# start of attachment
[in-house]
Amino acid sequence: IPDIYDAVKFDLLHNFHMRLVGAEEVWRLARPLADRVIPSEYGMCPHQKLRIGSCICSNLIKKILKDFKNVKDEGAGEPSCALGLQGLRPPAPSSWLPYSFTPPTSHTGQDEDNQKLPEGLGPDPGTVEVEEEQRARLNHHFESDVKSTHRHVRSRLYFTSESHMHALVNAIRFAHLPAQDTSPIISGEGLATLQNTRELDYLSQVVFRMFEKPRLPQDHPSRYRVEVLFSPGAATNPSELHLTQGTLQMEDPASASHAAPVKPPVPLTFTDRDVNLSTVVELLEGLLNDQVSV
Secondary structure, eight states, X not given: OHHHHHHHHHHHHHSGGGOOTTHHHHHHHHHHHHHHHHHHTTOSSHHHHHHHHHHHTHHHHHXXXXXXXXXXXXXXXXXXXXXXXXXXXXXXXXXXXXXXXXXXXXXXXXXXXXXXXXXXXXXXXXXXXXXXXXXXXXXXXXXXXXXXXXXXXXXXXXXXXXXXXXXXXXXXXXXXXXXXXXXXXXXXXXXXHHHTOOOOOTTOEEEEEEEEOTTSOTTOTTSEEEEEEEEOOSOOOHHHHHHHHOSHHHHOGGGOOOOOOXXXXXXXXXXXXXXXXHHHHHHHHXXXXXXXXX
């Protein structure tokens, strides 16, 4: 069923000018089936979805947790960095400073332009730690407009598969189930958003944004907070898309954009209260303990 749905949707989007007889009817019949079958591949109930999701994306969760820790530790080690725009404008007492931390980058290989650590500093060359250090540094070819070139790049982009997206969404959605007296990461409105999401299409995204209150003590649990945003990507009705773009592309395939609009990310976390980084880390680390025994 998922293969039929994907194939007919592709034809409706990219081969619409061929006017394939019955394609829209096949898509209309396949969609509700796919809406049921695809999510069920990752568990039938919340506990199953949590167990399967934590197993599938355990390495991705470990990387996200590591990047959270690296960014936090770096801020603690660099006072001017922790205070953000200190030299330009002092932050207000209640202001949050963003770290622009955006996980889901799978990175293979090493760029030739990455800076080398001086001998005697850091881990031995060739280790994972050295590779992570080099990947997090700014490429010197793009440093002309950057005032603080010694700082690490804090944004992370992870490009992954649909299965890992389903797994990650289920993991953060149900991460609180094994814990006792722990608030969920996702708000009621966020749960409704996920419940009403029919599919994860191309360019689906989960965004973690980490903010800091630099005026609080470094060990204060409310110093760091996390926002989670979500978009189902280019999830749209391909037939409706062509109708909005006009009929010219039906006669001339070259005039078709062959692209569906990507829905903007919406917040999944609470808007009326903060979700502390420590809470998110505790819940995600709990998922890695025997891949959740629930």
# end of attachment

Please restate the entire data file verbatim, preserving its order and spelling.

[in-house]
Amino acid sequence: IPDIYDAVKFDLLHNFHMRLVGAEEVWRLARPLADRVIPSEYGMCPHQKLRIGSCICSNLIKKILKDFKNVKDEGAGEPSCALGLQGLRPPAPSSWLPYSFTPPTSHTGQDEDNQKLPEGLGPDPGTVEVEEEQRARLNHHFESDVKSTHRHVRSRLYFTSESHMHALVNAIRFAHLPAQDTSPIISGEGLATLQNTRELDYLSQVVFRMFEKPRLPQDHPSRYRVEVLFSPGAATNPSELHLTQGTLQMEDPASASHAAPVKPPVPLTFTDRDVNLSTVVELLEGLLNDQVSV
Secondary structure, eight states, X not given: OHHHHHHHHHHHHHSGGGOOTTHHHHHHHHHHHHHHHHHHTTOSSHHHHHHHHHHHTHHHHHXXXXXXXXXXXXXXXXXXXXXXXXXXXXXXXXXXXXXXXXXXXXXXXXXXXXXXXXXXXXXXXXXXXXXXXXXXXXXXXXXXXXXXXXXXXXXXXXXXXXXXXXXXXXXXXXXXXXXXXXXXXXXXXXXXHHHTOOOOOTTOEEEEEEEEOTTSOTTOTTSEEEEEEEEOOSOOOHHHHHHHHOSHHHHOGGGOOOOOOXXXXXXXXXXXXXXXXHHHHHHHHXXXXXXXXX
């Protein structure tokens, strides 16, 4: 069923000018089936979805947790960095400073332009730690407009598969189930958003944004907070898309954009209260303990 749905949707989007007889009817019949079958591949109930999701994306969760820790530790080690725009404008007492931390980058290989650590500093060359250090540094070819070139790049982009997206969404959605007296990461409105999401299409995204209150003590649990945003990507009705773009592309395939609009990310976390980084880390680390025994 998922293969039929994907194939007919592709034809409706990219081969619409061929006017394939019955394609829209096949898509209309396949969609509700796919809406049921695809999510069920990752568990039938919340506990199953949590167990399967934590197993599938355990390495991705470990990387996200590591990047959270690296960014936090770096801020603690660099006072001017922790205070953000200190030299330009002092932050207000209640202001949050963003770290622009955006996980889901799978990175293979090493760029030739990455800076080398001086001998005697850091881990031995060739280790994972050295590779992570080099990947997090700014490429010197793009440093002309950057005032603080010694700082690490804090944004992370992870490009992954649909299965890992389903797994990650289920993991953060149900991460609180094994814990006792722990608030969920996702708000009621966020749960409704996920419940009403029919599919994860191309360019689906989960965004973690980490903010800091630099005026609080470094060990204060409310110093760091996390926002989670979500978009189902280019999830749209391909037939409706062509109708909005006009009929010219039906006669001339070259005039078709062959692209569906990507829905903007919406917040999944609470808007009326903060979700502390420590809470998110505790819940995600709990998922890695025997891949959740629930």